2012-2016- The Fisher Era

No more cameras, time for the L.A. Rams to play winning football

Running back Todd Gurley and Jared Goff represent the future of the Los Angeles Rams, but the team's move from St. Louis and on-field struggles last fall continue to be a draw for reality television. AP Photo/Mark J. Terrill

The Rams’ first season back in Los Angeles was difficult. After a solid 3-1 start, the team’s fortunes quickly went south and stumbled to a 4-12 finish. Rumors of tension between the front office and coaching staff appeared in the news. Public disputes between legendary Rams alumni and the coaching staff made headlines in the local and national media. Could the overexposure of reality television have contributed to a debacle of a 2016 season?

Last season, HBO’s Hard Knocks featured the Los Angeles Rams and their first preseason training camp back in Southern California after a 22-year absence. While it did humanize the Rams players and coaching staff as they entered their first season back in Los Angeles, it seems like it provided the first of many unnecessary distractions for players and coaches. It felt like former head coach Jeff Fisher was talking more to the television cameras than how to execute a gameplan with the players. His attitude seemed more like a theatrical act instead of leadership of a professional football team. The lack of leadership showed quickly with rookie quarterback Jared Goff and second-year running back Todd Gurley, who both looked lost in the L.A. lights.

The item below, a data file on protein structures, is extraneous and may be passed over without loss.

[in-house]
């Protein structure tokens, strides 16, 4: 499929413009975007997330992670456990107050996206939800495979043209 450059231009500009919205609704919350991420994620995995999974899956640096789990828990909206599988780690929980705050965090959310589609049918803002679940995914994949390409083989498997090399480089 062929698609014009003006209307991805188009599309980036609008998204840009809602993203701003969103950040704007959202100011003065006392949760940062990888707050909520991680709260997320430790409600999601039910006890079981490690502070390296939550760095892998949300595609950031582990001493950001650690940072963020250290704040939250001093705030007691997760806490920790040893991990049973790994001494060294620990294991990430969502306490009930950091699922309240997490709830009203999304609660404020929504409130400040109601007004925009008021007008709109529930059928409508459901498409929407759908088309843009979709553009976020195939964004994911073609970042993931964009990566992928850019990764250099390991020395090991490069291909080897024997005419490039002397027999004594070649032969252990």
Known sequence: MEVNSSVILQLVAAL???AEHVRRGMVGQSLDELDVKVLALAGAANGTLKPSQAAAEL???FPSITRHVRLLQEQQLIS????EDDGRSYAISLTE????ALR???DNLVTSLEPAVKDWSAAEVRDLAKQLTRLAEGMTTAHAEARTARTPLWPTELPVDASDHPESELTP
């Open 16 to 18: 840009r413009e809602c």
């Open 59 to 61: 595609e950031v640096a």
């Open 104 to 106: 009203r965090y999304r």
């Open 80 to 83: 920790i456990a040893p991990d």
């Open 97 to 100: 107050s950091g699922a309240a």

Amazon’s “All or Nothing” reality series continued what HBO’s Hard Knocks started. The cameras followed players and staff around for the regular season as the losses piled up. When Fisher gave his infamous “I’m no longer your head coach” speech after being fired, I got the sense that the impression that this was a tribute to “Keeping up with the Kardashians. The Rams looked overwhelmed last season, but the cameras following them exposed the truth: the team was not concentrating fully on football.

Enough of the reality drama. Instead, I hope the Rams move forward this year under new, revitalized leadership focus on football and begin to win on the football field. After all, nothing brings stardom and exposure more than success. If the Rams can return to the winning ways of the 1970s, they won’t need the television cameras to be famous.

Sources: Jeremy Bergman, NFL.com, Alden Gonzalez, ESPN.com, Tanya Ray Fox, USA Today/RamsWire

Martin Cruz is a staff writer for Rams Talk. You can find him on Twitter with the username @MCruz1988

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